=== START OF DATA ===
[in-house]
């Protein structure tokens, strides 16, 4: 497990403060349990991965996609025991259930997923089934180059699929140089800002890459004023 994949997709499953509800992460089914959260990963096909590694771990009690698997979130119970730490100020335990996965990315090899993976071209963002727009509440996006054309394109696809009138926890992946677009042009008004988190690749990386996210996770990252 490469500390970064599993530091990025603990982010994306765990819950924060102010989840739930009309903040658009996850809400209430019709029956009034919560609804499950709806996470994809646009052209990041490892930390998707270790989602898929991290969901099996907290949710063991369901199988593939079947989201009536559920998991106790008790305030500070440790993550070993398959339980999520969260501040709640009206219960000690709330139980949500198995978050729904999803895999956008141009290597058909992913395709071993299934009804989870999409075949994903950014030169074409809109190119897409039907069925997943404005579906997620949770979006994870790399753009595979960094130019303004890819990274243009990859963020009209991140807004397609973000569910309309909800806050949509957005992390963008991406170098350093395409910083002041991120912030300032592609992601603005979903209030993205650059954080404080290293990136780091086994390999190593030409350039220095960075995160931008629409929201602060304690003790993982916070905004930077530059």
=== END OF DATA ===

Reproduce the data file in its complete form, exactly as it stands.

[in-house]
């Protein structure tokens, strides 16, 4: 497990403060349990991965996609025991259930997923089934180059699929140089800002890459004023 994949997709499953509800992460089914959260990963096909590694771990009690698997979130119970730490100020335990996965990315090899993976071209963002727009509440996006054309394109696809009138926890992946677009042009008004988190690749990386996210996770990252 490469500390970064599993530091990025603990982010994306765990819950924060102010989840739930009309903040658009996850809400209430019709029956009034919560609804499950709806996470994809646009052209990041490892930390998707270790989602898929991290969901099996907290949710063991369901199988593939079947989201009536559920998991106790008790305030500070440790993550070993398959339980999520969260501040709640009206219960000690709330139980949500198995978050729904999803895999956008141009290597058909992913395709071993299934009804989870999409075949994903950014030169074409809109190119897409039907069925997943404005579906997620949770979006994870790399753009595979960094130019303004890819990274243009990859963020009209991140807004397609973000569910309309909800806050949509957005992390963008991406170098350093395409910083002041991120912030300032592609992601603005979903209030993205650059954080404080290293990136780091086994390999190593030409350039220095960075995160931008629409929201602060304690003790993982916070905004930077530059």